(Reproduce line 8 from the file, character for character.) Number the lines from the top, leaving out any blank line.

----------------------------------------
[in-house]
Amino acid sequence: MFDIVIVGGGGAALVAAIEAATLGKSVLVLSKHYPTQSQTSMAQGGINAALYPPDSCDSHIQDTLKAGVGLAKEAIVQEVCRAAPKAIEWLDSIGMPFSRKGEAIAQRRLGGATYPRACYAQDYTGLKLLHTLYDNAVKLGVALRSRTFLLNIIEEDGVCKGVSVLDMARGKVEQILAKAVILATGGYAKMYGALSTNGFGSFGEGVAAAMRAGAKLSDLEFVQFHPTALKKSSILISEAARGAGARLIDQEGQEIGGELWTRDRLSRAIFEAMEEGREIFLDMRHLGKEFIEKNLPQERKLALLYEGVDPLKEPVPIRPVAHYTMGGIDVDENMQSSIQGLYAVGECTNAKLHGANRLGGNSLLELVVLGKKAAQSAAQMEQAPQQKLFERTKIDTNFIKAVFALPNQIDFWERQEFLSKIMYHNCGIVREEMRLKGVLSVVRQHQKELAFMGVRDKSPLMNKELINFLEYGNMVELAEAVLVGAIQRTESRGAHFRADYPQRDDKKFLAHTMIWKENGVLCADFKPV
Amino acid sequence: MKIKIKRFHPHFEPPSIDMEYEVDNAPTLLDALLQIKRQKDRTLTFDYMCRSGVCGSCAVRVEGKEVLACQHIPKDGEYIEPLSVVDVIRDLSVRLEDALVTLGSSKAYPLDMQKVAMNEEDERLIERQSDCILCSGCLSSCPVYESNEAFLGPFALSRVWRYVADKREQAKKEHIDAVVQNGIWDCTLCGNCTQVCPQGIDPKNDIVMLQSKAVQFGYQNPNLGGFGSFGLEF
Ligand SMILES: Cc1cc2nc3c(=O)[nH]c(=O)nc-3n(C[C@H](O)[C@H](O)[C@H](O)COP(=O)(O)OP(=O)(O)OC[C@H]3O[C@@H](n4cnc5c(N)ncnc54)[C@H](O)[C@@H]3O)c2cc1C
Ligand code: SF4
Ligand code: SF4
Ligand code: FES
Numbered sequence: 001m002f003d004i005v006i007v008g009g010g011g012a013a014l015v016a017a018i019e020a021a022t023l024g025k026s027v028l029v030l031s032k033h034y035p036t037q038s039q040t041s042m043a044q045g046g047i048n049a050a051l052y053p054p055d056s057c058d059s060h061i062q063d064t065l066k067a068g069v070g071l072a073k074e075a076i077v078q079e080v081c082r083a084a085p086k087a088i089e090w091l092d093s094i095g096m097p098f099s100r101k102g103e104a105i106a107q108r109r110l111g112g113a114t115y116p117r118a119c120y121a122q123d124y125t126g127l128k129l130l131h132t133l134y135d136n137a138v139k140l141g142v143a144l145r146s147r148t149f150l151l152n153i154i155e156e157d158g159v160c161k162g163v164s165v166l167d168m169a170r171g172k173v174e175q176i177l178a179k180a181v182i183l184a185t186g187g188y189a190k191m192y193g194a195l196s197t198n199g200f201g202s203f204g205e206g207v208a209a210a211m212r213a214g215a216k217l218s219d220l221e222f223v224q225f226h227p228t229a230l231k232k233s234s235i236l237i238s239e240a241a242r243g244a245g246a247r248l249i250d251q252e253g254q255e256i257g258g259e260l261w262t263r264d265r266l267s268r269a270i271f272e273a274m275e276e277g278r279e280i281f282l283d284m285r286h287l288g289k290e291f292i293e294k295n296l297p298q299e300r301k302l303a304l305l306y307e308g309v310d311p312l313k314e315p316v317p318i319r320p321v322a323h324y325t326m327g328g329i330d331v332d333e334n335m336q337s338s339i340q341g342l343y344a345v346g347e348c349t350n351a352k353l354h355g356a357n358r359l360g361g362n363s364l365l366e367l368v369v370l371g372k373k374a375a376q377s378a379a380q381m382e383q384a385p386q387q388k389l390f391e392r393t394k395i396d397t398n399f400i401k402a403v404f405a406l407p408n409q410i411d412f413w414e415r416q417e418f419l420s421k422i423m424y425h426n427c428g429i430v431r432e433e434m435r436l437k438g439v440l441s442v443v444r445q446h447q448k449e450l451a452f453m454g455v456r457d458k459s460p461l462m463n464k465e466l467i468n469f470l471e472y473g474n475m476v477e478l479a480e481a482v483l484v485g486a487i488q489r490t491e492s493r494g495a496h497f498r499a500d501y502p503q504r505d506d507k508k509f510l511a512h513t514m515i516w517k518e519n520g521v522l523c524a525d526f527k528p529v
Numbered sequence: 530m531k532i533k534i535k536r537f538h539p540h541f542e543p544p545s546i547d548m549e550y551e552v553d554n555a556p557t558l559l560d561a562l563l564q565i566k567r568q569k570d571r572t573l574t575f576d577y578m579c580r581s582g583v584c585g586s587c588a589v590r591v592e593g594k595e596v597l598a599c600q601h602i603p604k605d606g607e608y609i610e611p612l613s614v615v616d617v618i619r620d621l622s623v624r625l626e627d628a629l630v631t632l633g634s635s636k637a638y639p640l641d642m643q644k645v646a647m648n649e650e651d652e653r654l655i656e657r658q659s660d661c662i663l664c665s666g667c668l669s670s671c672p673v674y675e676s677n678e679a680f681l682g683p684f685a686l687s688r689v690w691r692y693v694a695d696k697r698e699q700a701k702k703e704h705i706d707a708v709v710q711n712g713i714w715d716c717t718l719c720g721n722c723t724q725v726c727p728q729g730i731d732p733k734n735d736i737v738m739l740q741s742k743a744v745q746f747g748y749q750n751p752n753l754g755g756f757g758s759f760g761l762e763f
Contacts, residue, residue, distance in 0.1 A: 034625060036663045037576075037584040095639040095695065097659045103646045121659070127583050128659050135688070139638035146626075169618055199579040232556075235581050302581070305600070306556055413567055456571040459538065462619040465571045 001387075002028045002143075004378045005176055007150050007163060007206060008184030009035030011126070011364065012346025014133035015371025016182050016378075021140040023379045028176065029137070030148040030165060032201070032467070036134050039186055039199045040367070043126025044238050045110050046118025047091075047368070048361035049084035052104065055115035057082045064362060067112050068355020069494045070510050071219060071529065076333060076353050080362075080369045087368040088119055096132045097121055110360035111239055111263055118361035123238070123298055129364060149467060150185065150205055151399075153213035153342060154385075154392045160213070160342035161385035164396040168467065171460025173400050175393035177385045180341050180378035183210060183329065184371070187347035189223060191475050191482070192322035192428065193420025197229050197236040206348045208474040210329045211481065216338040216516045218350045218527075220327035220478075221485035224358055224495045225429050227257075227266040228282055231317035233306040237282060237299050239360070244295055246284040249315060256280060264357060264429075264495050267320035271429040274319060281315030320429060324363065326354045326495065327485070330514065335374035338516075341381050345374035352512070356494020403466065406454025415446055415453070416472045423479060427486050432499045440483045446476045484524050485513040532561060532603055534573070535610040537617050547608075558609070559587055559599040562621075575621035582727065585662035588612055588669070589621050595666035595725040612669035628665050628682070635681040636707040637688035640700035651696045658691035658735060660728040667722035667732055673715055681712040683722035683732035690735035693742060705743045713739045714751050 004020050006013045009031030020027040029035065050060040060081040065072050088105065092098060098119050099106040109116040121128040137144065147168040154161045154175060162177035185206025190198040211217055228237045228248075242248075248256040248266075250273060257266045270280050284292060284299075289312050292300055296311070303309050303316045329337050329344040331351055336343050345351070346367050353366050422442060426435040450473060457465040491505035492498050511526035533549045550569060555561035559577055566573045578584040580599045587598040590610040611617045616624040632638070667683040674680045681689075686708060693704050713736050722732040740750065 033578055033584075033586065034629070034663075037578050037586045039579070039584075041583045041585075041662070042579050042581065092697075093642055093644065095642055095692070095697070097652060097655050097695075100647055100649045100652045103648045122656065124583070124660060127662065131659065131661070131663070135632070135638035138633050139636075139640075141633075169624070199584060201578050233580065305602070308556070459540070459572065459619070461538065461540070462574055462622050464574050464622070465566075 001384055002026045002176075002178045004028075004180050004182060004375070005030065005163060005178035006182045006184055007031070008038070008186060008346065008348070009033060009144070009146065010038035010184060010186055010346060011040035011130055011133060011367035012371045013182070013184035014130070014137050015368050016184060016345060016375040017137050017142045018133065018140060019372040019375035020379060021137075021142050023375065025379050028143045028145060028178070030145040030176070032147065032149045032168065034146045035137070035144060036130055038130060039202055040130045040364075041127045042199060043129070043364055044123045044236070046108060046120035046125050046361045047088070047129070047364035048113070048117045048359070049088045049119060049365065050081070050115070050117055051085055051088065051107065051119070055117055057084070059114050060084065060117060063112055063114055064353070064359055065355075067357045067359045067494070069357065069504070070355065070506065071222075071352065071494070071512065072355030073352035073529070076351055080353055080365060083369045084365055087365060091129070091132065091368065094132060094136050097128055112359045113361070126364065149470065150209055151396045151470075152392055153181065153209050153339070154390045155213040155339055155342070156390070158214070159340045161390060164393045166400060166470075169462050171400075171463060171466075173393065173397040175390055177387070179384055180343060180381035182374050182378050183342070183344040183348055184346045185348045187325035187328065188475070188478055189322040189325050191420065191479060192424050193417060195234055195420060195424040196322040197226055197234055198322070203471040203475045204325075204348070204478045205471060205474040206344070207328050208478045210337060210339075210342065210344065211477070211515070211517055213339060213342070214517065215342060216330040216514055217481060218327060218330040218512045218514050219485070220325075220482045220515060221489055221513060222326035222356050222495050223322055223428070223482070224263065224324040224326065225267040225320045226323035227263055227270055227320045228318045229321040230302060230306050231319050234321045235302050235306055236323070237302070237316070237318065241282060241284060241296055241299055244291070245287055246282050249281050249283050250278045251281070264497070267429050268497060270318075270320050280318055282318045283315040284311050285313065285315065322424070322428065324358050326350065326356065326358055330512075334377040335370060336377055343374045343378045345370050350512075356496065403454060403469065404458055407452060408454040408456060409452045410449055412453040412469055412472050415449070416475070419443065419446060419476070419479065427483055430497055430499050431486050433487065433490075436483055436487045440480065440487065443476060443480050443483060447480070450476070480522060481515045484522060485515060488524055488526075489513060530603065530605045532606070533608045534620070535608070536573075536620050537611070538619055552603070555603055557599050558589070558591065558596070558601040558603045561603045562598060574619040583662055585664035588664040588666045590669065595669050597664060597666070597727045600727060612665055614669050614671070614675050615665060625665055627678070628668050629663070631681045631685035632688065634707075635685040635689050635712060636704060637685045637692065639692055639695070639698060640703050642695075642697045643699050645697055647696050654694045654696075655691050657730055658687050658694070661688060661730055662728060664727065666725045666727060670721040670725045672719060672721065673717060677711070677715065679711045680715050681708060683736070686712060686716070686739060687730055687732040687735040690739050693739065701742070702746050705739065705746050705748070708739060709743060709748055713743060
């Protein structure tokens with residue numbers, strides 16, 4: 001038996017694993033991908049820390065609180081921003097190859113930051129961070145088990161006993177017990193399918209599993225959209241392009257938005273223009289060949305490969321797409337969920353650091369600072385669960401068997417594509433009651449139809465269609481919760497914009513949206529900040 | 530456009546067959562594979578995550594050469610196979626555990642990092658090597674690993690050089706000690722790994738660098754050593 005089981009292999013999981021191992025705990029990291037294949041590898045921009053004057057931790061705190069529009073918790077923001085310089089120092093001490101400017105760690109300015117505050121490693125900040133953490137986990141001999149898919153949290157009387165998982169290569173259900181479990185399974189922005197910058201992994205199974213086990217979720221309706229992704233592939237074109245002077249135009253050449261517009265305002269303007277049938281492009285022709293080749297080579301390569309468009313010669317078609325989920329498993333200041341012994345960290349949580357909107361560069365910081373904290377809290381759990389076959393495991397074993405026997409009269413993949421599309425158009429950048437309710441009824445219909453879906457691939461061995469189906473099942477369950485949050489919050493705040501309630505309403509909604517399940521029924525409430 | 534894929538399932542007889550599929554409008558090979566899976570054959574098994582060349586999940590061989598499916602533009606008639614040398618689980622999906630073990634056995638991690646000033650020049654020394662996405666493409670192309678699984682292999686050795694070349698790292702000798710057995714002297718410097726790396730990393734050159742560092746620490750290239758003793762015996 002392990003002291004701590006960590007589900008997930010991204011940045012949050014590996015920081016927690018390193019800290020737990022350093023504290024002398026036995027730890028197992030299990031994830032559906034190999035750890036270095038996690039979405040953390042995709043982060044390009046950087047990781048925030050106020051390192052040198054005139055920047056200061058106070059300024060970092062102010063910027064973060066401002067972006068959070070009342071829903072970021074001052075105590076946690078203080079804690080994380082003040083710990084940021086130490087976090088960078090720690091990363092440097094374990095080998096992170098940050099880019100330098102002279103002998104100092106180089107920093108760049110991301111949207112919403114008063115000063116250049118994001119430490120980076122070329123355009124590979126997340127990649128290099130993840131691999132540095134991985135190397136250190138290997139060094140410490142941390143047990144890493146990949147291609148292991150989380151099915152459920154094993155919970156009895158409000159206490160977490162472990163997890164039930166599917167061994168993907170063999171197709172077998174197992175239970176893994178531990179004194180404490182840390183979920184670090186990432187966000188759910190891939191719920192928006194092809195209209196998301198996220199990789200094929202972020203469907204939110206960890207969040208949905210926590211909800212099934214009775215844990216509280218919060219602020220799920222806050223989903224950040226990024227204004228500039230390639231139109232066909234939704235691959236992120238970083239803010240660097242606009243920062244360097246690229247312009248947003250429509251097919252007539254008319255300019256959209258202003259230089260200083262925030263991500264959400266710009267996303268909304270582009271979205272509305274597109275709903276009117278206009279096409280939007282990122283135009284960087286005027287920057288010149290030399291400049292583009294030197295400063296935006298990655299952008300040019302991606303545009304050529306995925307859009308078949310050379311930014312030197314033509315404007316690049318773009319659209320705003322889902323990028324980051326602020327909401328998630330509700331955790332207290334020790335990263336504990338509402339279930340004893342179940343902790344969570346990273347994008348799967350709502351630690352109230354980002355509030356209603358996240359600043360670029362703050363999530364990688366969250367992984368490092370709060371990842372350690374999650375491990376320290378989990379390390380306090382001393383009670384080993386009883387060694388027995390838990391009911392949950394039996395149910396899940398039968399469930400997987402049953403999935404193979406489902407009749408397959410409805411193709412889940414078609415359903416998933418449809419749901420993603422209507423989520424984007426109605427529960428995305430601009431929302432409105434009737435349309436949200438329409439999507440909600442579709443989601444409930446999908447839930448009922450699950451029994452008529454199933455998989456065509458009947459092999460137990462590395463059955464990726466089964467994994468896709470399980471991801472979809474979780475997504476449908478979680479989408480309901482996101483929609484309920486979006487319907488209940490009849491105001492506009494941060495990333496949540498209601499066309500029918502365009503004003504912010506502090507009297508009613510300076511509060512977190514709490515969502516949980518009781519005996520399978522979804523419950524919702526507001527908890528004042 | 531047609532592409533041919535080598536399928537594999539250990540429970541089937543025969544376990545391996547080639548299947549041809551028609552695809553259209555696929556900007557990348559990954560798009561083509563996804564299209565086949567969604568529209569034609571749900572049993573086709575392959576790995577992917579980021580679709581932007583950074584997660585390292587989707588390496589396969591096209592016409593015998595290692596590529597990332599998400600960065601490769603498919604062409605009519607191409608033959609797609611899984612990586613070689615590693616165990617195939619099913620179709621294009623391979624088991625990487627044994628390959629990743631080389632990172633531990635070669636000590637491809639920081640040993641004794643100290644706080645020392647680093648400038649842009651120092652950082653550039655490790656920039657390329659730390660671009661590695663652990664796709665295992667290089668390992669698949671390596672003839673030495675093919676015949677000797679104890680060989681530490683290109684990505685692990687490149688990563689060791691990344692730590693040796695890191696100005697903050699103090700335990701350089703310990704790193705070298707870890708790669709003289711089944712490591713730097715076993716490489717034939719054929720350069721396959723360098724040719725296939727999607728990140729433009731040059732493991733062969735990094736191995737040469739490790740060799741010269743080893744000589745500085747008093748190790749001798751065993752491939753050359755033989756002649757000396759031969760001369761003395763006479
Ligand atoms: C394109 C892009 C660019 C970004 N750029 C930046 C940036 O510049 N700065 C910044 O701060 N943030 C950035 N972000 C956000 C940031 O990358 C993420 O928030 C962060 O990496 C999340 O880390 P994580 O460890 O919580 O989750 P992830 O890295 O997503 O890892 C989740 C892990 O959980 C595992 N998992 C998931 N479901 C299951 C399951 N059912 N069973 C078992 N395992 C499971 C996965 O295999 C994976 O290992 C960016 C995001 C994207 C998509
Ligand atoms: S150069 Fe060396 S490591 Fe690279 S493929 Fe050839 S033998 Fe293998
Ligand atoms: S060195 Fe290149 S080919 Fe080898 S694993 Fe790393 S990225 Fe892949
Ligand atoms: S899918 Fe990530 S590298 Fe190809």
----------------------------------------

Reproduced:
Numbered sequence: 001m002f003d004i005v006i007v008g009g010g011g012a013a014l015v016a017a018i019e020a021a022t023l024g025k026s027v028l029v030l031s032k033h034y035p036t037q038s039q040t041s042m043a044q045g046g047i048n049a050a051l052y053p054p055d056s057c058d059s060h061i062q063d064t065l066k067a068g069v070g071l072a073k074e075a076i077v078q079e080v081c082r083a084a085p086k087a088i089e090w091l092d093s094i095g096m097p098f099s100r101k102g103e104a105i106a107q108r109r110l111g112g113a114t115y116p117r118a119c120y121a122q123d124y125t126g127l128k129l130l131h132t133l134y135d136n137a138v139k140l141g142v143a144l145r146s147r148t149f150l151l152n153i154i155e156e157d158g159v160c161k162g163v164s165v166l167d168m169a170r171g172k173v174e175q176i177l178a179k180a181v182i183l184a185t186g187g188y189a190k191m192y193g194a195l196s197t198n199g200f201g202s203f204g205e206g207v208a209a210a211m212r213a214g215a216k217l218s219d220l221e222f223v224q225f226h227p228t229a230l231k232k233s234s235i236l237i238s239e240a241a242r243g244a245g246a247r248l249i250d251q252e253g254q255e256i257g258g259e260l261w262t263r264d265r266l267s268r269a270i271f272e273a274m275e276e277g278r279e280i281f282l283d284m285r286h287l288g289k290e291f292i293e294k295n296l297p298q299e300r301k302l303a304l305l306y307e308g309v310d311p312l313k314e315p316v317p318i319r320p321v322a323h324y325t326m327g328g329i330d331v332d333e334n335m336q337s338s339i340q341g342l343y344a345v346g347e348c349t350n351a352k353l354h355g356a357n358r359l360g361g362n363s364l365l366e367l368v369v370l371g372k373k374a375a376q377s378a379a380q381m382e383q384a385p386q387q388k389l390f391e392r393t394k395i396d397t398n399f400i401k402a403v404f405a406l407p408n409q410i411d412f413w414e415r416q417e418f419l420s421k422i423m424y425h426n427c428g429i430v431r432e433e434m435r436l437k438g439v440l441s442v443v444r445q446h447q448k449e450l451a452f453m454g455v456r457d458k459s460p461l462m463n464k465e466l467i468n469f470l471e472y473g474n475m476v477e478l479a480e481a482v483l484v485g486a487i488q489r490t491e492s493r494g495a496h497f498r499a500d501y502p503q504r505d506d507k508k509f510l511a512h513t514m515i516w517k518e519n520g521v522l523c524a525d526f527k528p529v